Memoirs · Miscellaneous


I couldn’t read.

I tried.

Jack and Jill went up that hill but what they did once they got there was always a mystery.

I tried to read.

Still I tried.

The education system here puts you in school at 3 or 4 years-old. They start immediately. I did try. But the words were a mystery. They would move and when I did write there was the problem of mirroring. My b was a d and my e was back to front.

As I wrote, carefully following the dots, my hand would get tired and then I would stop and start with the other. As a child I was ambidextrous. Completely.

That’s the reason, they cried. If she chooses then she would read.

So I was told. Choose.

I’m not sure how old I was but I remember that I needed to climb onto my seat. I remember trying to work out which would be easiest. The clincher was scissors. A strange thing to think that such a small kid can reason what would be the best, solely on comfort of use.

You had to have left handed or right handed scissors. You couldn’t use the other. I always cut out using my right hand. There were over 30 in the class and only 2 left-handed scissors, and there were already 3 people left-handed. If I chose left then I would have to wait like the others. And I had already realised that it took me a long time to do stuff. Sometimes my hand wouldn’t do quite what I wanted it to.

So, I chose.

I became right-handed.

I have a dim memory of someone stopping me using my left-hand, but it is dim and distant.

Except there was no cure. My b’s didn’t miraculously become d’s. And my e was definitely backwards.

She’s slow, they whispered.

Adults first and then kids. Because kids copy their adult counterparts. I sometimes wonder whether adults are aware how much damage they do with a disgusted look or a slight. Slowly I was ostracised. The fact that I couldn’t read or write meant that it didn’t take long.

I fought back.

With my fists.

Those of you who know me will find this surprising, but my mum was only ever called into school once for one of her kids fighting. That would be me.

Don’t ever do that again, Mum said.

But… I tried to tell her.

She was angry and I never brought it up again.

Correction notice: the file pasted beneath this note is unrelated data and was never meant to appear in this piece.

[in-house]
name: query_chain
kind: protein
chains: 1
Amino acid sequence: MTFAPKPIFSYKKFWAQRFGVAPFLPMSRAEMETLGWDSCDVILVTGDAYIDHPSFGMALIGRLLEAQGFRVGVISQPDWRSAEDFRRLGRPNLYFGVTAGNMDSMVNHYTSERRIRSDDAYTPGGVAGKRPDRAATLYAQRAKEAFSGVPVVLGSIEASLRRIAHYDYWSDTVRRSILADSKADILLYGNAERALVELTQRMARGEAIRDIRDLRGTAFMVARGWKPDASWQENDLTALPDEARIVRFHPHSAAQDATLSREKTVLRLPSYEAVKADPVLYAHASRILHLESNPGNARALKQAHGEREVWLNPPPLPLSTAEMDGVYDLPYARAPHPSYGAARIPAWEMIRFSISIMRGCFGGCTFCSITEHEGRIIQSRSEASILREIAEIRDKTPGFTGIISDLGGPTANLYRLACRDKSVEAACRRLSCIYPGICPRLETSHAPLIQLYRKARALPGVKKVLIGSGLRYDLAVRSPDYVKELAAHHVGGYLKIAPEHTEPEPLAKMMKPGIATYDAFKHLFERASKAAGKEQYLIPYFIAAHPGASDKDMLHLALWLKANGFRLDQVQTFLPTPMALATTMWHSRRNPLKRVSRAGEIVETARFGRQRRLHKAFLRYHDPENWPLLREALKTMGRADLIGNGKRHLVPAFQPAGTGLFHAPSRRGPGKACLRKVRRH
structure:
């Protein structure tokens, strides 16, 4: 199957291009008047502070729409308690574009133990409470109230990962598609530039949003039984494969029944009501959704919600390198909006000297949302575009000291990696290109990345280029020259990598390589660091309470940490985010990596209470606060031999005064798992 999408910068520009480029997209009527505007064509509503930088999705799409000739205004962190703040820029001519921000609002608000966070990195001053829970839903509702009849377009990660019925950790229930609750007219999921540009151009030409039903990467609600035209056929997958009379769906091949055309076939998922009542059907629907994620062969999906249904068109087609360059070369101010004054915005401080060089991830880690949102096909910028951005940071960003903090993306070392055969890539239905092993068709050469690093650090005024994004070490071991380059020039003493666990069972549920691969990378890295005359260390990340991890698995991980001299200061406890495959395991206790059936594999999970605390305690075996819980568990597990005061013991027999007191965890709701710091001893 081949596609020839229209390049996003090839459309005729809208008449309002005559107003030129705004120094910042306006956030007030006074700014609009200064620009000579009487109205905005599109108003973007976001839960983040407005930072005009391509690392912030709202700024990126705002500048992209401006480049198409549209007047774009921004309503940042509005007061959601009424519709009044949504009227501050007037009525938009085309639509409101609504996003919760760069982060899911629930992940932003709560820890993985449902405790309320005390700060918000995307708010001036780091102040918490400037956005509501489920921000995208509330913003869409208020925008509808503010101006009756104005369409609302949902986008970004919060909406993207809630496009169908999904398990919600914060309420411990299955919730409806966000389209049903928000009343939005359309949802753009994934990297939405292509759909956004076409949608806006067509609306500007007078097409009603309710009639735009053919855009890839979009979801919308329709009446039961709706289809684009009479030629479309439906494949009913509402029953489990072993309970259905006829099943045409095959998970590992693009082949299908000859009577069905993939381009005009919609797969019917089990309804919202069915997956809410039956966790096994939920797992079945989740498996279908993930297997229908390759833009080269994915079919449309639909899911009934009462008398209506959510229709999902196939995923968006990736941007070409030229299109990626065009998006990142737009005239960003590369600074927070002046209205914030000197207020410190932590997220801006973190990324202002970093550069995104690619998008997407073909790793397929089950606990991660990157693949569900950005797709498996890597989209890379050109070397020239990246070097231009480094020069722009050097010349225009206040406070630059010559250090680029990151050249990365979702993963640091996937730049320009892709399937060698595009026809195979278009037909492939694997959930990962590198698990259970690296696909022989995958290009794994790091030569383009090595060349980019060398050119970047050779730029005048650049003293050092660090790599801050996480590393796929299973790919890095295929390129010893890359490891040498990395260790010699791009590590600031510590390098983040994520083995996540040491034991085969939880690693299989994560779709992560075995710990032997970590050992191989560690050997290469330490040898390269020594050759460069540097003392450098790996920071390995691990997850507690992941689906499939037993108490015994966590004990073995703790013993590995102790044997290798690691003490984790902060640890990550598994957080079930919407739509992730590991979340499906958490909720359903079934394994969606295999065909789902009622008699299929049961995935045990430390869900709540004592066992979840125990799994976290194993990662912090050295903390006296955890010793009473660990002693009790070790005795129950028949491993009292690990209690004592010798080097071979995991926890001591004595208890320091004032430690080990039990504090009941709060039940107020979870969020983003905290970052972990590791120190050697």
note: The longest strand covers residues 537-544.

You see there is one thing that I’m desperate to never do. I never, ever want to disappoint the ones I love. So, I will go out of my way to make sure I won’t. That was the last day I fought back with my hands and feet.

After that I took the kicks, the hits and the jibes. It stopped with me. It never affected my family or anyone I cared about. I took the hits and with every one I protected those around me.

By the time I was eleven I still couldn’t read.

Jack and Jill had got tired and dusty in that time.

I wanted to soar in the clouds and ride dragons, not read about pails of water. That summer my mum was told I either learn to read or I get to go to a special school.

My mum stormed into the school, her cape flying and her eyes flashing. Anyone who went toe to toe with her lost. She fought for me.

One more summer, she said. That is all we will need.

Then she told me to fight. But I did. Everyday. It wasn’t the fight she has. It isn’t the same. Mine is quiet and watchful. Hers is full of brimstone and fire.

That summer I lit the match to my fight. It burned bright and long.

I rode a bike the first time that year, and I learned to read. I was 11 years old.

It didn’t stop the bullying but now I could fly. I could ride dragons and pet tigers. I fought armies and lay snoozing on purple grass. It made life so much better.

Even now I will stand and take the hits, although they tend to be metaphorical, because that is how I protect those around me. That is how I fight. And one thing I do know is that I never give up.

There is a breed of dog, that once it bites, its jaw locks up. That is me. Except I will do it with a smile and a grin. If you want me to break then good luck because I won’t. I have been through worse. Instead, I stand and take it, because that is how I fight. And when you think that is enough I will walk forward with a smile. I am fighting you, you just didn’t realise.

I have fought to read, to ride a bike, to get a degree, to get another one, to get my masters and I am now fighting for my PhD. It will be a long and slow slog but I won’t give up. It’s just the way I fight.

Have you ever seen that bad movie with Kevin Costner in? Dances with Wolves? Her name in her native language was ‘Stands With a Fist’. That is what I do. I stand with fists and I won’t ever falter. My mum told me to fight and I don’t think I have stopped, ever.


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